If you engage in any form of gambling in Tennessee, you may be required to pay taxes on your winnings. The state’s tax laws on gambling vary depending on the type of activity you are engaging in, but in general, you are required to report all gambling winnings as taxable income on your state income tax return.
For example, if you win a prize in the state lottery, the Tennessee Education Lottery Corporation will automatically withhold 24% of your winnings for federal taxes, and 5% for state taxes. If your winnings exceed $5,000, the state tax rate increases to 6%. It is important to note that if you win a prize worth more than $600, the lottery corporation will issue a W-2G form that shows the amount of your winnings and the taxes that were withheld.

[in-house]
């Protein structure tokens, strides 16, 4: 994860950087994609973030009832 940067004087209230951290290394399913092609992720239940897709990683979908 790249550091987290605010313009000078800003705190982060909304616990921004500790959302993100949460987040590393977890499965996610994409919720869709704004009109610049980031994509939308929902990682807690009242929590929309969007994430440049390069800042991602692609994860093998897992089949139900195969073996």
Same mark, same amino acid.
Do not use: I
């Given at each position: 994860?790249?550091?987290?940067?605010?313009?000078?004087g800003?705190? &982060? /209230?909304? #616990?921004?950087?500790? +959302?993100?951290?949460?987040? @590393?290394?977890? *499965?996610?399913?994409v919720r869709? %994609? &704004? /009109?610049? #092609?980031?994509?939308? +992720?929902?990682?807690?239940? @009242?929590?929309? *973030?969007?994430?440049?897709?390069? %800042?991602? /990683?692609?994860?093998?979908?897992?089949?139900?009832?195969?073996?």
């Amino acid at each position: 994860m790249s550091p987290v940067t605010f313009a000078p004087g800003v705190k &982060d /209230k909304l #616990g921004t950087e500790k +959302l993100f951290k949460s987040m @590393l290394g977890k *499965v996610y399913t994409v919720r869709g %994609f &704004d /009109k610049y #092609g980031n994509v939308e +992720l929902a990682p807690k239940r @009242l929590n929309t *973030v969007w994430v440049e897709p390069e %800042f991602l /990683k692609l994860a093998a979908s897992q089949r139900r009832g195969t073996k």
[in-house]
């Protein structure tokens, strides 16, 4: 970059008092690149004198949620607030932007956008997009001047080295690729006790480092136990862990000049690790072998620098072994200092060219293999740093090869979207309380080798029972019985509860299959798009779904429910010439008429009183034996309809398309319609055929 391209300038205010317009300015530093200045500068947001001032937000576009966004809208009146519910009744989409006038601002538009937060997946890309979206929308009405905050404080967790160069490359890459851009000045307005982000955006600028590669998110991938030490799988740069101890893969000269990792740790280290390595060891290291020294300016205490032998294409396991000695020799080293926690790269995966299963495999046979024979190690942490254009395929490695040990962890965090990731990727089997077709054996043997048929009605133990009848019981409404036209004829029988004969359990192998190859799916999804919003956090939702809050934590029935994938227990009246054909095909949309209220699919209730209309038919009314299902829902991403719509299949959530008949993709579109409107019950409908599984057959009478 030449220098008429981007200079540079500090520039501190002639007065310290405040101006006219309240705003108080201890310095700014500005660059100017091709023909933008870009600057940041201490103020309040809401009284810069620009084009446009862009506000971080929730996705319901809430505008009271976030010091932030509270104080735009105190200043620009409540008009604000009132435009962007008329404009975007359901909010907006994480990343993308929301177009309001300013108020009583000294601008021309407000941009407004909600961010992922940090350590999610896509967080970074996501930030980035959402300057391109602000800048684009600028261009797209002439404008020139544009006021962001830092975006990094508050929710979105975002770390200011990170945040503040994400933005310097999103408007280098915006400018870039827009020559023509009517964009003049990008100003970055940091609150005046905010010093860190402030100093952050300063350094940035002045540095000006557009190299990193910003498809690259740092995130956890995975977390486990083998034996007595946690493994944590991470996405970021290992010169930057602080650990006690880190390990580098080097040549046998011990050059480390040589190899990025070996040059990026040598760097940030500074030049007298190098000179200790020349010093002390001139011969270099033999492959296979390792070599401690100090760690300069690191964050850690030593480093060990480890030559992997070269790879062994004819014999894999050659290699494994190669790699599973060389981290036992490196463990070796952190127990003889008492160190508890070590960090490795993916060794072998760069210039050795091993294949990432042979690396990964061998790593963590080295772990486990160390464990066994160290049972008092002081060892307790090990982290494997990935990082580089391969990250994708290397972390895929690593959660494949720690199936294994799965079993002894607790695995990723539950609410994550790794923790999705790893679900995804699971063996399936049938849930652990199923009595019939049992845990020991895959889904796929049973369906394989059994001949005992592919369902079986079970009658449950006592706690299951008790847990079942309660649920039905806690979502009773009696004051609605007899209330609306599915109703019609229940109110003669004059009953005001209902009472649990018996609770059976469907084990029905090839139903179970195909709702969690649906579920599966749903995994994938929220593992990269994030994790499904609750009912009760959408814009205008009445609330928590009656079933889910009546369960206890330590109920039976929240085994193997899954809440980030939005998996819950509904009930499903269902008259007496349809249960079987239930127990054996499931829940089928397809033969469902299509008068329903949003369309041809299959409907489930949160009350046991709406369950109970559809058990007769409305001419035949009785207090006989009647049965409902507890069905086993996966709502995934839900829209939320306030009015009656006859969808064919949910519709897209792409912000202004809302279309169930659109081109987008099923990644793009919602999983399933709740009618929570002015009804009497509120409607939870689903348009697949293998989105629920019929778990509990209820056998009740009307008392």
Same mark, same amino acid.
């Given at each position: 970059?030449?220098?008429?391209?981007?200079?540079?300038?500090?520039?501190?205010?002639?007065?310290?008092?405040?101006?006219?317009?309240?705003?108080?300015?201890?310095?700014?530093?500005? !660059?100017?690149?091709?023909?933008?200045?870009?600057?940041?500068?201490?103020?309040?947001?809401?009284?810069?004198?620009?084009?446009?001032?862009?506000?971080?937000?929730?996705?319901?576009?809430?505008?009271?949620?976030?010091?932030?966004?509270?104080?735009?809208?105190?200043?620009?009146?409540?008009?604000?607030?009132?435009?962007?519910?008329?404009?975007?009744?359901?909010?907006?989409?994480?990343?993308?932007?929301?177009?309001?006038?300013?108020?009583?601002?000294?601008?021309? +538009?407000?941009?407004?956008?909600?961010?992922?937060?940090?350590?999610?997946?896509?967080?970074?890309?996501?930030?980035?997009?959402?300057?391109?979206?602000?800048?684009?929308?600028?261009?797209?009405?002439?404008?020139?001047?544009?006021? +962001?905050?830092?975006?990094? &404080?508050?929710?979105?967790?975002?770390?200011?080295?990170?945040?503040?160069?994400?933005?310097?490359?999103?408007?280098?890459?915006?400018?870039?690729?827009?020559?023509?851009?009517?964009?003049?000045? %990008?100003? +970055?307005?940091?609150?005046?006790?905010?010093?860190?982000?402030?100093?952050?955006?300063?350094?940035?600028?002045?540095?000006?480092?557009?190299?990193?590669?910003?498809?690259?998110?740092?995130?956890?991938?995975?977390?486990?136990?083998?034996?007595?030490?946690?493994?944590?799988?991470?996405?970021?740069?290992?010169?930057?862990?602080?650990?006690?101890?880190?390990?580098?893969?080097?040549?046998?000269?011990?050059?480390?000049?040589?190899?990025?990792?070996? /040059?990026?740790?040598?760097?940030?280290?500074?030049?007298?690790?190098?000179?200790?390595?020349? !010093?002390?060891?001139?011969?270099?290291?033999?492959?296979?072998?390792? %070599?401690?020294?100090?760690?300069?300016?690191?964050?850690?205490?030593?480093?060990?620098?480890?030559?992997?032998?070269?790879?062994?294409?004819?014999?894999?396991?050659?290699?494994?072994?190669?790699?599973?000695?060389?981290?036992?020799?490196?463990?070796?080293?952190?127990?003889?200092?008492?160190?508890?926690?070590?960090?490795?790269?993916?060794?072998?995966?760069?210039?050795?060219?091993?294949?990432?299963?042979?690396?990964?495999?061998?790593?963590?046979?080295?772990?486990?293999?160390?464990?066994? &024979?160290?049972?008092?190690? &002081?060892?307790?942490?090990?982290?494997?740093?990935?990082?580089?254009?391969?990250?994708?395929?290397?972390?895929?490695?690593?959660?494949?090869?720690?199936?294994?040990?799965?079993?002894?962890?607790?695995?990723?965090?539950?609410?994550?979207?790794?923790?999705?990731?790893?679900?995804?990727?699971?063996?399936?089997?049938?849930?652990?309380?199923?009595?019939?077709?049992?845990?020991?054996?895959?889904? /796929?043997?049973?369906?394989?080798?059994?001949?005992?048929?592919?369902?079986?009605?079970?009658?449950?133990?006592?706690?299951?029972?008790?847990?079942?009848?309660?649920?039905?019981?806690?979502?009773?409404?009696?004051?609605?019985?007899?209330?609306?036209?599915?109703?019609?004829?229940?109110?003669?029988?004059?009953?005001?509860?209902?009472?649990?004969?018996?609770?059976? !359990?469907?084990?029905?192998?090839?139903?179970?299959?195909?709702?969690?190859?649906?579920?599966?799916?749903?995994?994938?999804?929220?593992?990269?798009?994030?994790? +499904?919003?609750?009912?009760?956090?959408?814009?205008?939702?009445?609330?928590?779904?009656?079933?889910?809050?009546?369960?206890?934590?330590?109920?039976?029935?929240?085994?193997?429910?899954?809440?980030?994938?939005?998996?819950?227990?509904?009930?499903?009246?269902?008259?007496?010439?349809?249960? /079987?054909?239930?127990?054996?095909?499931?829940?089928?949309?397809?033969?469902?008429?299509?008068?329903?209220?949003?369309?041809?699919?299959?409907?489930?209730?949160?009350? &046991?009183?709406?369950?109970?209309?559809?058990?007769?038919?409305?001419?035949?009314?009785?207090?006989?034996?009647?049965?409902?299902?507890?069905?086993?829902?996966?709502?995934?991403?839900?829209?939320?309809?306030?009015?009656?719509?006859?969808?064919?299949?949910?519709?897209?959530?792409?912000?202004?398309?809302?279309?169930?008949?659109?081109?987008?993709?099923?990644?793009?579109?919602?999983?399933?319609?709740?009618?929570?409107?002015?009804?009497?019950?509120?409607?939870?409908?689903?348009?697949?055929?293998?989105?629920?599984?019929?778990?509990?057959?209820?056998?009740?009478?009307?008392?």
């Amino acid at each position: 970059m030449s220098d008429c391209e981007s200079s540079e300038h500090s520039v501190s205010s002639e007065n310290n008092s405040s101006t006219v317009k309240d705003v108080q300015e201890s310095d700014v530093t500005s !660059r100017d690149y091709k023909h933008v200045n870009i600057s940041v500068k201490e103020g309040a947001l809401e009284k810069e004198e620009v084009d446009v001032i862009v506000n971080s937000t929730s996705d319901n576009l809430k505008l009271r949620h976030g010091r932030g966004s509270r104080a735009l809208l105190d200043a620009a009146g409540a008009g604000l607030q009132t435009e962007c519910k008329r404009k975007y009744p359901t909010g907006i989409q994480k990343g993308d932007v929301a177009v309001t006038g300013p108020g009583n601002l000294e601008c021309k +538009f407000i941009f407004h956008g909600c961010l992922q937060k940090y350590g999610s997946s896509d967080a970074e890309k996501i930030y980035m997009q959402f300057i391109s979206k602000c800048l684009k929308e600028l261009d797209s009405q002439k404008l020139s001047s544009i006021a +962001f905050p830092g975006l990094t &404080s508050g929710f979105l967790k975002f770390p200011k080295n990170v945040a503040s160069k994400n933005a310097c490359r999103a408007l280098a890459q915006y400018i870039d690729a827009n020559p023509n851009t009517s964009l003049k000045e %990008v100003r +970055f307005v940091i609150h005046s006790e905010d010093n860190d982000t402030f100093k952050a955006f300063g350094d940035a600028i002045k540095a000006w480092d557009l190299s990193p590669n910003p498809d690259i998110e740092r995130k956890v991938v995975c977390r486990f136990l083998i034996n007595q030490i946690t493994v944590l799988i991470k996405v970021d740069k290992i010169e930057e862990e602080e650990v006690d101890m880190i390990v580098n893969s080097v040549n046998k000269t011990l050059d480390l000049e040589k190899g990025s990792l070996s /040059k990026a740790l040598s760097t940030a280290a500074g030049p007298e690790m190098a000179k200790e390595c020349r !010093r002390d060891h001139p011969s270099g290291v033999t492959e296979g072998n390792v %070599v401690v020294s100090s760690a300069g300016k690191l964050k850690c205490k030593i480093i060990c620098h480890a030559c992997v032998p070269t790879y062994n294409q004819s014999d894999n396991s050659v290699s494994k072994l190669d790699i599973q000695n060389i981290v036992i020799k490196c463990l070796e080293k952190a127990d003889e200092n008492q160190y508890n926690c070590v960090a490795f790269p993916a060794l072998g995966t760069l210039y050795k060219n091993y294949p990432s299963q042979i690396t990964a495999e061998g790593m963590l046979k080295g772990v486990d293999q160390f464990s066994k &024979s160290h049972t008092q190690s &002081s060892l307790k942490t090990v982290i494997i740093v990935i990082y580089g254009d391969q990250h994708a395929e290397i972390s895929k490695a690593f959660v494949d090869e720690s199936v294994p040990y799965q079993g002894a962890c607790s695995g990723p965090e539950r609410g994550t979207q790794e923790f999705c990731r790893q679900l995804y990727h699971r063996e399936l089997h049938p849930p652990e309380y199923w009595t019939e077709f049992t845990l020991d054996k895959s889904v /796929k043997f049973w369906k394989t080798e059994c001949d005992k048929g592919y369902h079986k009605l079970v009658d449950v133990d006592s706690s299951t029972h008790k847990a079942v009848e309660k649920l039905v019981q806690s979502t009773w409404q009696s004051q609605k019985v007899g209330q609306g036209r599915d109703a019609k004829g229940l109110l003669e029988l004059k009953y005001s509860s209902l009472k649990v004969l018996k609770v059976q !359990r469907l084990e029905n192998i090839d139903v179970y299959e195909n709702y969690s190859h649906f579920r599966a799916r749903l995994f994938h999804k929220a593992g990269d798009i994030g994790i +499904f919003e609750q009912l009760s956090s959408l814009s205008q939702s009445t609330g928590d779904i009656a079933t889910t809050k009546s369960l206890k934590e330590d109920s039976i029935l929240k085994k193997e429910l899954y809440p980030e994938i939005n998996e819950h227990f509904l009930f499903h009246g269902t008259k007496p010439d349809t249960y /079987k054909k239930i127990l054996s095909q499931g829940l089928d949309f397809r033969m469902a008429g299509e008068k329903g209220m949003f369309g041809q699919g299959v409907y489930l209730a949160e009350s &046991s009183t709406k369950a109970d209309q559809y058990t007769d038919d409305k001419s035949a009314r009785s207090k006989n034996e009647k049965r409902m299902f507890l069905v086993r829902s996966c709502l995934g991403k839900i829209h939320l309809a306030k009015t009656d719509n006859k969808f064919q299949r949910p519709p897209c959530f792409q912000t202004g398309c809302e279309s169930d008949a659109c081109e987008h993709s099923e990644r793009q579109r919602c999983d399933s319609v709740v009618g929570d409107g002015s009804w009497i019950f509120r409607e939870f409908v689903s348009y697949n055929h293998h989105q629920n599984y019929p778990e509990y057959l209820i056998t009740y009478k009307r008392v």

Similarly, if you engage in sports betting in Tennessee, you are required to report all winnings as taxable income. The state collects a 20% tax on gross gaming revenue from sports betting, which is used to fund education, local governments, and problem gambling services. This tax is collected by the state and does not need to be paid directly by individual bettors.
In addition, if you engage in certain types of charitable gambling, such as bingo or raffles, you may be required to report any winnings as taxable income. However, the organization that operates the event is responsible for withholding taxes and reporting winnings to the state.
If you are uncertain about how to report gambling winnings on your state income tax return, you should consult with a tax professional. Failing to report gambling winnings as taxable income can result in penalties and interest charges. Additionally, if the state discovers that you failed to report gambling income, you may be subject to an audit.
Tennessee Gambling FAQ
How much can you win at Tennessee casinos before being taxed?
As there are no casinos in Tennessee, this question is not applicable. However, if you win a prize in the state lottery or engage in sports betting in Tennessee, you may be required to pay taxes on your winnings. Please refer to the “Gambling Taxes in Tennessee” section for more information.